A More Efficient Way To Calculate Device Specs Of Thousands Of Tests For Improved Quality And Yield

Using actual device performance data is a critical safeguard to ensure quality and profitability.

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Today’s devices are required to pass thousands of parametric tests prior to being shipped to customers. A key challenge test engineers face, in addition to optimizing the number of tests they run on the device, is how to quickly and accurately define the true specification limits that should be used to determine if the device is “good”.

Device specification limits that are too wide may allow “outliers” to sneak through, resulting in poor quality parts being shipped into the supply chain. Conversely, device specification limits defined to be too narrow will reduce product yield and profitability. However, in the case where specification limits are too narrow, it may not be possible to widen them if the limits used were driven by the product datasheet. Complicating matters further, there is typically no one-size-fits-all approach when it comes to specifying spec limits as they may need to vary depending on which type of test is being run. This is not only true during the NPI phase of a product but also during the HVM phase once more variability is gathered, allowing the test limits to be continually reassessed and recalibrated as necessary. Therefore, to mitigate any issues with yield and quality, product and test engineers have the time-consuming task of re-evaluating the device’s performance and manually recalculating the limits for each individual parametric test over the manufacturing lifespan of the product.

What is needed is a more efficient method to quickly analyze the data collected for each parametric test and then statistically and automatically calculate new limits per test based on the process capability index, or Cpk. Cpk is widely used in process improvement efforts and measures the proportion of natural tolerances between the center of the process and the original predetermined upper and lower specification limits based on actual device data.

Figure 1 below shows a typical parametric trend plot of a given test on devices of a specific lot as measured against the original specification limits.

Figure 1.  Typical parametric data as measured against the original specification

Figure 2 below shows similar parametric test results but now using more accurate, statistically calculated upper and lower test limits that were automatically generated. The limits shown in this example have been tightened compared to the original specification limits, thus enabling outlier devices to be flagged and automatically binned out as bad parts.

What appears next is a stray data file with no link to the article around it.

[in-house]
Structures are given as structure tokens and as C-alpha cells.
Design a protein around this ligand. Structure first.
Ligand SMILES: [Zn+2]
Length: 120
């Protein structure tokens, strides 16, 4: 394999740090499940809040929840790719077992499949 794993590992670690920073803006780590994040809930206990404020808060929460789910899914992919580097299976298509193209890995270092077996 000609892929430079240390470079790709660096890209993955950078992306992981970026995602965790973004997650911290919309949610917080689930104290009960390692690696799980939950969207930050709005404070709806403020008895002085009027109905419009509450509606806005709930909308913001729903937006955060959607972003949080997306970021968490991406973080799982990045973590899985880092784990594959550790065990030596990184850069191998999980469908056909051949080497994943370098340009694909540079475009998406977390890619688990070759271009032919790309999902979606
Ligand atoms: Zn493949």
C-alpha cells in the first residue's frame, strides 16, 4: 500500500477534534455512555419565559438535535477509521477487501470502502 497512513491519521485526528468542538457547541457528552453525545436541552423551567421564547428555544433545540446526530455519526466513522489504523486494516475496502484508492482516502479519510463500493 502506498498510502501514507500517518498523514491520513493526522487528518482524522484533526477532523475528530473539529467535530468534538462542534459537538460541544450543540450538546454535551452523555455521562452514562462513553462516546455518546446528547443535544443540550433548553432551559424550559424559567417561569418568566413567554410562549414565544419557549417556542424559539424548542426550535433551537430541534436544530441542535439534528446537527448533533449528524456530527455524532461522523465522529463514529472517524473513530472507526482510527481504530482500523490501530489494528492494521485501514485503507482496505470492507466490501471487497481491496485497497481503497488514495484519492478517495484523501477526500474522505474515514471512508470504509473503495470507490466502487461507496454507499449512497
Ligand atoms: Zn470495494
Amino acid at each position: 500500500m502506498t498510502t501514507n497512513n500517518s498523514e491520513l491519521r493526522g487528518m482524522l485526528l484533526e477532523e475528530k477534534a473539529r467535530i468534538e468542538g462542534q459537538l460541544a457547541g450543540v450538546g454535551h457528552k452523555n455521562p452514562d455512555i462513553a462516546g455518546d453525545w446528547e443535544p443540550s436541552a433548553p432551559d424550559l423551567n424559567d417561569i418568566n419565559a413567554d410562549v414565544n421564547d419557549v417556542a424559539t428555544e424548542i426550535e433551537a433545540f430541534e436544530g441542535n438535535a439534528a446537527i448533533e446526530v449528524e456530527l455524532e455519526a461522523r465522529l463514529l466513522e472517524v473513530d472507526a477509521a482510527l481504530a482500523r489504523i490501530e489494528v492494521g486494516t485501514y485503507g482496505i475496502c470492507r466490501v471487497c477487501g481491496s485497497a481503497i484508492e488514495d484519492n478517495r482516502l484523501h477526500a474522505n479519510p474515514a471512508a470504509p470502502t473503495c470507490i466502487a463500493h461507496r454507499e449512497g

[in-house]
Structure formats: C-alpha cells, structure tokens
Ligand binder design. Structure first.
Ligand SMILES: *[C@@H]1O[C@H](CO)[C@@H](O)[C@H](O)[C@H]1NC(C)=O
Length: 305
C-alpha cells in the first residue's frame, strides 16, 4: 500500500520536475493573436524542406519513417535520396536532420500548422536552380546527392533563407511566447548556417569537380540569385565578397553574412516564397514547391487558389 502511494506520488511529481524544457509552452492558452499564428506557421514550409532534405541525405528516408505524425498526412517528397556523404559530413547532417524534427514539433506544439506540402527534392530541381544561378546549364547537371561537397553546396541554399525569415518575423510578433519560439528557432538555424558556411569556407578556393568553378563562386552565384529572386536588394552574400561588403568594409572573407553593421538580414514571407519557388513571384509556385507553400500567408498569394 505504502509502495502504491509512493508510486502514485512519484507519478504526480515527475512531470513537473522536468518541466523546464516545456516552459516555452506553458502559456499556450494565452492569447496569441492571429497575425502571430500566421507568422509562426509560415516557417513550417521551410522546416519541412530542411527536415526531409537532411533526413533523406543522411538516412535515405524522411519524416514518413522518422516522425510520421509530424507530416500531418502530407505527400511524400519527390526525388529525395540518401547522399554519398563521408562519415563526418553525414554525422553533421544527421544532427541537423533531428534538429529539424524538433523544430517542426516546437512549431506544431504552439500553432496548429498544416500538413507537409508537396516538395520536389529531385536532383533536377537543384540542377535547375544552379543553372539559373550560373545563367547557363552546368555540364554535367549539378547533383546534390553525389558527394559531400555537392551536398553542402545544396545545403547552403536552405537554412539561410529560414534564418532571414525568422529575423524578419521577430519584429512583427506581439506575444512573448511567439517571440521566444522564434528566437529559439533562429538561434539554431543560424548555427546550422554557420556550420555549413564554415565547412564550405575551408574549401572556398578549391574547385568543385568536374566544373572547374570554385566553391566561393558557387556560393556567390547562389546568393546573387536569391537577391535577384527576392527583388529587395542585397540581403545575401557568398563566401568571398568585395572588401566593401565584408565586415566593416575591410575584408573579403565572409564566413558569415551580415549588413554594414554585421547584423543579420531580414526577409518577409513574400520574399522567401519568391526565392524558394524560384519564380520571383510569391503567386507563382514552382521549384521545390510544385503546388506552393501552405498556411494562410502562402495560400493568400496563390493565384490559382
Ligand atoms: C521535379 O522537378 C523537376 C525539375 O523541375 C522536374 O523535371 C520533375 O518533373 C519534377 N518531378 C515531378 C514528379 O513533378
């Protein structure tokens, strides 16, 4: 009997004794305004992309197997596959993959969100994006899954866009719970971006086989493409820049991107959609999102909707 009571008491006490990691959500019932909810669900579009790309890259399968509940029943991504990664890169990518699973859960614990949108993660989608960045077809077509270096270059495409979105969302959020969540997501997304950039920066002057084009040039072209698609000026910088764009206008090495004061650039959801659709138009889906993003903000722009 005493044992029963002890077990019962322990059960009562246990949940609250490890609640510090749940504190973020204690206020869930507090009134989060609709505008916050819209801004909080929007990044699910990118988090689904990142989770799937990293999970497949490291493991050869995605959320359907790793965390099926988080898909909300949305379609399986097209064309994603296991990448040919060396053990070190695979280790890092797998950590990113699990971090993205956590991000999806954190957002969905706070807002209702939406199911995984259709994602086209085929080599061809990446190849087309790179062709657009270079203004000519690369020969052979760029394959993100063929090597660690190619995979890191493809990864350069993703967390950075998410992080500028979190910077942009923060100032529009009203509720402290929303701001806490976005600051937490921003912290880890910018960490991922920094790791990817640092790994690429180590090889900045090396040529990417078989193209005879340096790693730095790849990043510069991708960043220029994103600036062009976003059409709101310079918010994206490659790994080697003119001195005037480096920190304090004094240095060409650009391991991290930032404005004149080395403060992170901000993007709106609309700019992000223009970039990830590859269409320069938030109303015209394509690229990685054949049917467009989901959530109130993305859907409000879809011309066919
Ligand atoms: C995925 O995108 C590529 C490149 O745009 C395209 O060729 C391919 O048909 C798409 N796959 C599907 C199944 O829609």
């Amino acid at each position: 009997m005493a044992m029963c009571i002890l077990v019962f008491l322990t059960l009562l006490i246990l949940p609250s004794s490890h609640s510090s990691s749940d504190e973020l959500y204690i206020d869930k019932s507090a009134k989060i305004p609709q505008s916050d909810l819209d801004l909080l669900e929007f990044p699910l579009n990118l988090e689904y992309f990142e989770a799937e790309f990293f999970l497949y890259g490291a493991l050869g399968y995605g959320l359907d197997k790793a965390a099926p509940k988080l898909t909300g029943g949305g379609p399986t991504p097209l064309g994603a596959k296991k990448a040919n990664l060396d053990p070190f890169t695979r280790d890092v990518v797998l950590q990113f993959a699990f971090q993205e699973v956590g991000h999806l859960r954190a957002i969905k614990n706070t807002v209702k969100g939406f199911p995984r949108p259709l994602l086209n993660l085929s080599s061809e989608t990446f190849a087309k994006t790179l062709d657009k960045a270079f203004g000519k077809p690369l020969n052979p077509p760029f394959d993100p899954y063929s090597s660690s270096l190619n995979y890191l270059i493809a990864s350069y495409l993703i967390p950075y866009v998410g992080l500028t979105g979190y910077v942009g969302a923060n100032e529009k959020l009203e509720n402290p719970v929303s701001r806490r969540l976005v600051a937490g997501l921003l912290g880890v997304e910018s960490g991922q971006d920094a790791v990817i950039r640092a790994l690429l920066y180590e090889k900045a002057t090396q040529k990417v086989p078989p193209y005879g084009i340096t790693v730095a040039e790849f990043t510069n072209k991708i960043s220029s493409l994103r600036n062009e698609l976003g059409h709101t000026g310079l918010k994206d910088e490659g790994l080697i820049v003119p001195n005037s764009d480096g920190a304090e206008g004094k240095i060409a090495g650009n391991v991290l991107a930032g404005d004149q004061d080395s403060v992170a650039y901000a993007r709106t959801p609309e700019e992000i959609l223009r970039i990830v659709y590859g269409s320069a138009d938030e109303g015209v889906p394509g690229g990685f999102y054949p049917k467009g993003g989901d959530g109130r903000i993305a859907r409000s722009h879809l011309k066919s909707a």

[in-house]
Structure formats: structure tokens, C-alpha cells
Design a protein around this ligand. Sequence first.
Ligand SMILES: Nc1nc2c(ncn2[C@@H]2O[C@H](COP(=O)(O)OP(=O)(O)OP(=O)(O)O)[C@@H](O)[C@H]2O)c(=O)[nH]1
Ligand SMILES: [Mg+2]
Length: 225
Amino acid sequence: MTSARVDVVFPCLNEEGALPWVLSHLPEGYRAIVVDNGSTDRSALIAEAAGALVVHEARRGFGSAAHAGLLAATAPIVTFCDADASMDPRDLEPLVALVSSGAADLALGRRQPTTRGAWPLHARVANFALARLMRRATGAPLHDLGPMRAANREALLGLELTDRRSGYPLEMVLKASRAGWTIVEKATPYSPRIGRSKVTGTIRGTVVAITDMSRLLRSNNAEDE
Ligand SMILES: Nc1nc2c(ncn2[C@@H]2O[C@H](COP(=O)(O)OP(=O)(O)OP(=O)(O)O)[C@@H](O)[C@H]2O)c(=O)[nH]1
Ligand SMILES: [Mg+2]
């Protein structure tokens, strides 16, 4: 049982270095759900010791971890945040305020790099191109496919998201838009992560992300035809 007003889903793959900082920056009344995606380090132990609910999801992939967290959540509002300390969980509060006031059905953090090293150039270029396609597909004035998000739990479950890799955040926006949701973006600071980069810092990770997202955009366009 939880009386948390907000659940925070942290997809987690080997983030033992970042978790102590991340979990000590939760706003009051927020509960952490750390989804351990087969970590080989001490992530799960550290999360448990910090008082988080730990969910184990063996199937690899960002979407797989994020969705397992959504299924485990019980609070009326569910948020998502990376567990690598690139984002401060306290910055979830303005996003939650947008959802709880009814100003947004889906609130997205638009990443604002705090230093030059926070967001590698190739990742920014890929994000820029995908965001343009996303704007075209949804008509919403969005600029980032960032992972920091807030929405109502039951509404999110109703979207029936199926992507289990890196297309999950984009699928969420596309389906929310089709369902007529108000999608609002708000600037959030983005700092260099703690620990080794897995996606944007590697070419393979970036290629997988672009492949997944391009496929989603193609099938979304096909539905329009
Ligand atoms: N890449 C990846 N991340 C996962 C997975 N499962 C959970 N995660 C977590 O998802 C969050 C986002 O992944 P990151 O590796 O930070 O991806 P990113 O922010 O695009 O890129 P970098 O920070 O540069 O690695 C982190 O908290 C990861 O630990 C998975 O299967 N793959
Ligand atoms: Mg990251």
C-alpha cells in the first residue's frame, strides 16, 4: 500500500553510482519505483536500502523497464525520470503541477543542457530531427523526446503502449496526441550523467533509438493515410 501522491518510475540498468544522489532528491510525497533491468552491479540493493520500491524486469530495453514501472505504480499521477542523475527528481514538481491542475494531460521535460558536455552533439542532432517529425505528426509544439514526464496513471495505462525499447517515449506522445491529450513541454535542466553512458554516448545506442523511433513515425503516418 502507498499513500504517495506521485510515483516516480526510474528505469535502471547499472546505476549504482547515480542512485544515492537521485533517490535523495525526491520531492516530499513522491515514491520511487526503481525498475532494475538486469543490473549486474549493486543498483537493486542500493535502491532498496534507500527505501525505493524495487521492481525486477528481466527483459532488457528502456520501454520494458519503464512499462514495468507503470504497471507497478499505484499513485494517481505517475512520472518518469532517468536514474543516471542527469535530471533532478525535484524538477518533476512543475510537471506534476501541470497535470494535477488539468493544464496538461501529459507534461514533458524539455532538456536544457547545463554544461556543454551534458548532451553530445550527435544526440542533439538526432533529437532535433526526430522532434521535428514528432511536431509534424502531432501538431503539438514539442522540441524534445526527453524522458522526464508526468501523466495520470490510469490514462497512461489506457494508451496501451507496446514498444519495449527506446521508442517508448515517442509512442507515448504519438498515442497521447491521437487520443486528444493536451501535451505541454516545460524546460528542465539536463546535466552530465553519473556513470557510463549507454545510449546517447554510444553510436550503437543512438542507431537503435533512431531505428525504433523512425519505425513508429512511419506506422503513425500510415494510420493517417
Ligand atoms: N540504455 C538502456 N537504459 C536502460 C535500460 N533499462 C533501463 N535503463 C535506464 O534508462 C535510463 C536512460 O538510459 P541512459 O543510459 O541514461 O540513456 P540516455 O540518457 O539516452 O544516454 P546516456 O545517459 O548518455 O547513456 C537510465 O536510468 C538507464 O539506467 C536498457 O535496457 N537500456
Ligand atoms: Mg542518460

Figure 2.  Statistically calculated specification limits

Engineers can also collectively view the results of one or more tests simultaneously and have the corresponding histograms displayed as shown in Figure 3. Note that the Cpk is also derived and is used to statistically calculate the actual upper and lower test limits per each individual test from the test data previously captured. This flexibility of estimating specification limits for parametric tests based on statistical means is highly beneficial to engineers as it allows them to optimize test specification limits in an automated and swift manner.

Figure 3.  Measured test data per parametric test

Optimizing test limits for every new product is a very time consuming task. To be able to use actual device performance data to quickly generate quality test limits based on statistical measurements is a significant improvement in efficiency for product and test engineers as well as a critical safeguard to ensure high quality and maximizing profitability. In addition, the ability to simulate the effects on yield using previously captured data by varying the values of the limits provides the engineers with the necessary information and insight to make informed tradeoffs between quality and yield when establishing their limits.

To learn more about how semiconductor companies are leveraging these types of automated technologies to aid in parametric testing of their devices, visit us at www.optimalplus.com.